When I was a kid, I loved science fiction. I recall watching episodes of Lost in Space and Star Trek with such a sense of awe that I couldn’t wait for the future. At the time, the U.S. space program was on track to put a man on the moon in a few short years. How much longer would it be before everything envisioned in these sci-fi shows became reality? I also vividly recalled watching the H.G. Wells inspired classic film, Time Machine, when it first aired on TV in the early 60’s. One of the scenes from that movie that was burned into my memory over the years was that books were no longer needed. No one studied anything. If one needed to know an answer, he just spun a ring and asked it a question. The rings would answer any question in a human voice. Although the user interface is quite different, this reminds me of the Internet today.
I saw Star Wars when it came out, but never became fanatical about the series. I realized after seeing the reactions of others that my enthusiasm for sci-fi was beginning to wane although I couldn’t quite identify the reason. I’ve tried to read some sci-fi books recently and found it hard to get through them, even though they are considered classics in the sci-fi enthusiast community (William Gibson’s Neuromancer and Neal Stephenson’s Snow Crash in particular). I think that after spending 20+ years in engineering, the luster had worn off of sci-fi because the stories depend an audience that is either completely ignorant of science or has an infinite capacity to suspend its disbelief in implausible scientific reasoning. When I was younger I’m sure I fit both descriptions. Now that I am older, I see sci-fi from a different perspective, and if a scientific priciple is asserted that is completely at odds with reality, then it causes a kind of cognitive dissonance that spoils the story for me.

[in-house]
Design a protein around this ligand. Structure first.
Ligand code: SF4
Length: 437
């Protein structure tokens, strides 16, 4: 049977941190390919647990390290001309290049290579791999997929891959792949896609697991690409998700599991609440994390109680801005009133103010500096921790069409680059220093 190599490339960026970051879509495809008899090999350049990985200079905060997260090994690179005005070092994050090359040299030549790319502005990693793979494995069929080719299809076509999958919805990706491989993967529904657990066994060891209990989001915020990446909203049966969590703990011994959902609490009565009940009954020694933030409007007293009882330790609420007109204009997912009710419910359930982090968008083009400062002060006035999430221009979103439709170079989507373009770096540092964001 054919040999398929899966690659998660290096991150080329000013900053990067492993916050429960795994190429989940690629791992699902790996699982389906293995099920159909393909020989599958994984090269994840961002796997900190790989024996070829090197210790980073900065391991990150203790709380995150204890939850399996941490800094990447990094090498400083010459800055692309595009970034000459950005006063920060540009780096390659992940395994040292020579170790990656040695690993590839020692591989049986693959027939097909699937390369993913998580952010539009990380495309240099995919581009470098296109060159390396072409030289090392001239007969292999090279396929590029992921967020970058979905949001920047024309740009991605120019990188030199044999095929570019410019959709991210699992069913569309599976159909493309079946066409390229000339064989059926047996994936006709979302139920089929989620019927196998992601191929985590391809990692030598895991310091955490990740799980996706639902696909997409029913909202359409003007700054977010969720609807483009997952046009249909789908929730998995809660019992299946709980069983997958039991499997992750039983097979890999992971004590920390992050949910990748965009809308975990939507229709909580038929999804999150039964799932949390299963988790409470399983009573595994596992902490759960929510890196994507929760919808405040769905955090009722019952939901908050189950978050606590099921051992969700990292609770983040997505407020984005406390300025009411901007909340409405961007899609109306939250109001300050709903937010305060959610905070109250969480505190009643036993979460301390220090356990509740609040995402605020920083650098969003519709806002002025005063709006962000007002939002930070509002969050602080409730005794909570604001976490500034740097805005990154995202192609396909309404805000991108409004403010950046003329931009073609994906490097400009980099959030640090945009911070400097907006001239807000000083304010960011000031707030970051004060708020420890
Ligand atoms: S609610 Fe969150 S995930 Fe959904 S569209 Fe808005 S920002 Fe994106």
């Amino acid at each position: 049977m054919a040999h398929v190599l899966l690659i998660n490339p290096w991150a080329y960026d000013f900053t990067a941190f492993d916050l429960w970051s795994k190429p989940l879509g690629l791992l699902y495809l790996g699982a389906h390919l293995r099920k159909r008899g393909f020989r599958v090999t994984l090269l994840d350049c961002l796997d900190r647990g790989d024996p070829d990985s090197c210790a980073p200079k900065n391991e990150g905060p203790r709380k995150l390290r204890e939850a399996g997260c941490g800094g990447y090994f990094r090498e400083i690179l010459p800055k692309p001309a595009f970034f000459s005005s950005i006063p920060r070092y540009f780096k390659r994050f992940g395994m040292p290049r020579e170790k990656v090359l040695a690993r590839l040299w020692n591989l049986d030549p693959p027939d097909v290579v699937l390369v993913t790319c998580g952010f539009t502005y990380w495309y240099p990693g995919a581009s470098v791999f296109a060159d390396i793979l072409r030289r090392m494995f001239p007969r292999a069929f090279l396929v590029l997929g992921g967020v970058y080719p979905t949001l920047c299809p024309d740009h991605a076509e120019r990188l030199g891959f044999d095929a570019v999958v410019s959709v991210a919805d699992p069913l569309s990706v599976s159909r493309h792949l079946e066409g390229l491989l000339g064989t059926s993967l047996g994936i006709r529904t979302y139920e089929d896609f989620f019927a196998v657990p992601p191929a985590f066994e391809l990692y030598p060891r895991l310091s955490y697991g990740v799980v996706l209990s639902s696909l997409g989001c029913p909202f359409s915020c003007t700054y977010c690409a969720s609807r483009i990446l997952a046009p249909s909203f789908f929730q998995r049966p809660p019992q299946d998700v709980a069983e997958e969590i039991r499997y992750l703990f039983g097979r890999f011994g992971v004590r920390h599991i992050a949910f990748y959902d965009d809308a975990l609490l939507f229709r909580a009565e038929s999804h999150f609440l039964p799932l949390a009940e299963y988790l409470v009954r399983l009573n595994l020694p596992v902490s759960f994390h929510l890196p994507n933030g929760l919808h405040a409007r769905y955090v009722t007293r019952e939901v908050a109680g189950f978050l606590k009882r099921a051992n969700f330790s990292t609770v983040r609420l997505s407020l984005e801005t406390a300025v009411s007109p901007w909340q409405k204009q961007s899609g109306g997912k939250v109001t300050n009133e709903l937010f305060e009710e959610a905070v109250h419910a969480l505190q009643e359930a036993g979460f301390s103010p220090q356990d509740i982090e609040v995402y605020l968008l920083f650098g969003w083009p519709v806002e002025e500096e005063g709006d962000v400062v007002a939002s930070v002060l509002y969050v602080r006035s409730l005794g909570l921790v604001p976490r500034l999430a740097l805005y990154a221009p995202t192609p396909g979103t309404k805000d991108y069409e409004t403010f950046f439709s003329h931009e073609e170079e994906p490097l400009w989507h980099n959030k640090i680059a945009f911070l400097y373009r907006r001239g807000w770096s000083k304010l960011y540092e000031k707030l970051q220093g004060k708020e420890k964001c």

This realization came to me after watching The Matrix, a film that seems to be at the top of the lists of many sci-fi fans as the best film in the history of the earth. My sense of reasoning was completely assaulted when I became aware that the premise behind the film was that human beings were being used by some nefarious forces as a source of energy, sort of like batteries. My head was about to explode when I tried to comprehend how abolutely ignorant one must be to make such an assertion. Human beings consume energy at approximately 100 calories every hour they are simply resting. Humans cannot be used to power anything without putting in at least three to four times the energy they are producing. And it’s really hard to extract energy from humans. You’d be much better off with a generator. Built on top of this shaky premise was an orgy of special effects, none of which made any scientific sense. An example of gratuitous special effects was the scene where, when shooting automatic weapons at an unseen opponent, it was necessary to simultaneously perform cartwheels. It was a feast for the eyes, but pablum for the brain. I know that my assessment of The Matrix will not be approved of by those who think of the movie as a science fiction masterpiece, but I suppose if you are completely ignorant of science or have an infinite capacity to suspend your disbelief in faulty reasoning, you may think the movie set a new high water mark.
It makes me a little sad to come to the realization that I’ve outgrown science fiction. But I suppose it would be sadder if I had a closet full of costumes to wear to sci-fi gatherings. 🙂